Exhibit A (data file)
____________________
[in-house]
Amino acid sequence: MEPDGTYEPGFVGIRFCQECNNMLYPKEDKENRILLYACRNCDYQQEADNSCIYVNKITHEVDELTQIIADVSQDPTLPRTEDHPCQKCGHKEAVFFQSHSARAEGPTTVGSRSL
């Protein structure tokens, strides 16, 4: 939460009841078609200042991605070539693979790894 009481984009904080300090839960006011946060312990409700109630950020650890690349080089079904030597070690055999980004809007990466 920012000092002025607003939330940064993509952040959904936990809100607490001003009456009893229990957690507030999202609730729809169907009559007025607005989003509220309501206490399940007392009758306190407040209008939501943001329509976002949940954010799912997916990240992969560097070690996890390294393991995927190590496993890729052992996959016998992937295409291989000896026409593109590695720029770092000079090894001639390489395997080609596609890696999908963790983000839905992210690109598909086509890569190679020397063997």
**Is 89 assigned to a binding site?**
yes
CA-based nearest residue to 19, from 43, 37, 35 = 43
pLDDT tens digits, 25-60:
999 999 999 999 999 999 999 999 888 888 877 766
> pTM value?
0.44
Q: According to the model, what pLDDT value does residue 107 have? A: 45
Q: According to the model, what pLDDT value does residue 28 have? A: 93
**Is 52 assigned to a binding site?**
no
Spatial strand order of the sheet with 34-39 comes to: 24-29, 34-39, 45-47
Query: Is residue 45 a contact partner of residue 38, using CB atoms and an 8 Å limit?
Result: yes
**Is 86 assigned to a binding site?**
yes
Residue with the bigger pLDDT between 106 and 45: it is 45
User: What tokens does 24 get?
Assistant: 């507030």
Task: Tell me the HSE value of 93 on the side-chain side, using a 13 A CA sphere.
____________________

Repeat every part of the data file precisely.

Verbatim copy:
[in-house]
Amino acid sequence: MEPDGTYEPGFVGIRFCQECNNMLYPKEDKENRILLYACRNCDYQQEADNSCIYVNKITHEVDELTQIIADVSQDPTLPRTEDHPCQKCGHKEAVFFQSHSARAEGPTTVGSRSL
């Protein structure tokens, strides 16, 4: 939460009841078609200042991605070539693979790894 009481984009904080300090839960006011946060312990409700109630950020650890690349080089079904030597070690055999980004809007990466 920012000092002025607003939330940064993509952040959904936990809100607490001003009456009893229990957690507030999202609730729809169907009559007025607005989003509220309501206490399940007392009758306190407040209008939501943001329509976002949940954010799912997916990240992969560097070690996890390294393991995927190590496993890729052992996959016998992937295409291989000896026409593109590695720029770092000079090894001639390489395997080609596609890696999908963790983000839905992210690109598909086509890569190679020397063997």
**Is 89 assigned to a binding site?**
yes
CA-based nearest residue to 19, from 43, 37, 35 = 43
pLDDT tens digits, 25-60:
999 999 999 999 999 999 999 999 888 888 877 766
> pTM value?
0.44
Q: According to the model, what pLDDT value does residue 107 have? A: 45
Q: According to the model, what pLDDT value does residue 28 have? A: 93
**Is 52 assigned to a binding site?**
no
Spatial strand order of the sheet with 34-39 comes to: 24-29, 34-39, 45-47
Query: Is residue 45 a contact partner of residue 38, using CB atoms and an 8 Å limit?
Result: yes
**Is 86 assigned to a binding site?**
yes
Residue with the bigger pLDDT between 106 and 45: it is 45
User: What tokens does 24 get?
Assistant: 């507030």
Task: Tell me the HSE value of 93 on the side-chain side, using a 13 A CA sphere.